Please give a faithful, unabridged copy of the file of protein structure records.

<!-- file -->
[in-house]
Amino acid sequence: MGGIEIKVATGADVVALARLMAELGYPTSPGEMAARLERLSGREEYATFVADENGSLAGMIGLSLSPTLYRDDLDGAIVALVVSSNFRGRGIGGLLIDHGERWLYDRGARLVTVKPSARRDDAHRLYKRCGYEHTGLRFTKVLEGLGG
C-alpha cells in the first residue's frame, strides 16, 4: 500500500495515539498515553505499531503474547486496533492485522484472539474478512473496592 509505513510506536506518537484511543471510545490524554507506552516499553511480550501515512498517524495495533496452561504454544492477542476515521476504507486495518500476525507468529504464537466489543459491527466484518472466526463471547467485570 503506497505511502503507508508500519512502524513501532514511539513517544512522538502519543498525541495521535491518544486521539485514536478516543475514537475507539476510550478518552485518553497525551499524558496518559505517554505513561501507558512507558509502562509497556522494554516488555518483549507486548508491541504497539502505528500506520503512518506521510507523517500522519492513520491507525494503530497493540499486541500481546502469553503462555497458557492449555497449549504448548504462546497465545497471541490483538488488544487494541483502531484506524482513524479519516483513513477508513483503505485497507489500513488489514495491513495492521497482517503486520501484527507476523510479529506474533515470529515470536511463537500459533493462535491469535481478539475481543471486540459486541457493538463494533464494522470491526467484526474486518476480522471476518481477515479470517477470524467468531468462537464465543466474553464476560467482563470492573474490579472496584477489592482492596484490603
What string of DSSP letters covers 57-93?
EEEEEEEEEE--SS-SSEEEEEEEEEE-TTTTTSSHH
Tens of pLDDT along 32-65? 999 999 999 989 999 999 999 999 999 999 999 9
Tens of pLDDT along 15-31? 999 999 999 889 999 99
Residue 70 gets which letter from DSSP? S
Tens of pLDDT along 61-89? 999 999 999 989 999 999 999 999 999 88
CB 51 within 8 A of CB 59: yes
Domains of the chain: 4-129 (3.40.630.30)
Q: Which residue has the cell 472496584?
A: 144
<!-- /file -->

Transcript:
[in-house]
Amino acid sequence: MGGIEIKVATGADVVALARLMAELGYPTSPGEMAARLERLSGREEYATFVADENGSLAGMIGLSLSPTLYRDDLDGAIVALVVSSNFRGRGIGGLLIDHGERWLYDRGARLVTVKPSARRDDAHRLYKRCGYEHTGLRFTKVLEGLGG
C-alpha cells in the first residue's frame, strides 16, 4: 500500500495515539498515553505499531503474547486496533492485522484472539474478512473496592 509505513510506536506518537484511543471510545490524554507506552516499553511480550501515512498517524495495533496452561504454544492477542476515521476504507486495518500476525507468529504464537466489543459491527466484518472466526463471547467485570 503506497505511502503507508508500519512502524513501532514511539513517544512522538502519543498525541495521535491518544486521539485514536478516543475514537475507539476510550478518552485518553497525551499524558496518559505517554505513561501507558512507558509502562509497556522494554516488555518483549507486548508491541504497539502505528500506520503512518506521510507523517500522519492513520491507525494503530497493540499486541500481546502469553503462555497458557492449555497449549504448548504462546497465545497471541490483538488488544487494541483502531484506524482513524479519516483513513477508513483503505485497507489500513488489514495491513495492521497482517503486520501484527507476523510479529506474533515470529515470536511463537500459533493462535491469535481478539475481543471486540459486541457493538463494533464494522470491526467484526474486518476480522471476518481477515479470517477470524467468531468462537464465543466474553464476560467482563470492573474490579472496584477489592482492596484490603
What string of DSSP letters covers 57-93?
EEEEEEEEEE--SS-SSEEEEEEEEEE-TTTTTSSHH
Tens of pLDDT along 32-65? 999 999 999 989 999 999 999 999 999 999 999 9
Tens of pLDDT along 15-31? 999 999 999 889 999 99
Residue 70 gets which letter from DSSP? S
Tens of pLDDT along 61-89? 999 999 999 989 999 999 999 999 999 88
CB 51 within 8 A of CB 59: yes
Domains of the chain: 4-129 (3.40.630.30)
Q: Which residue has the cell 472496584?
A: 144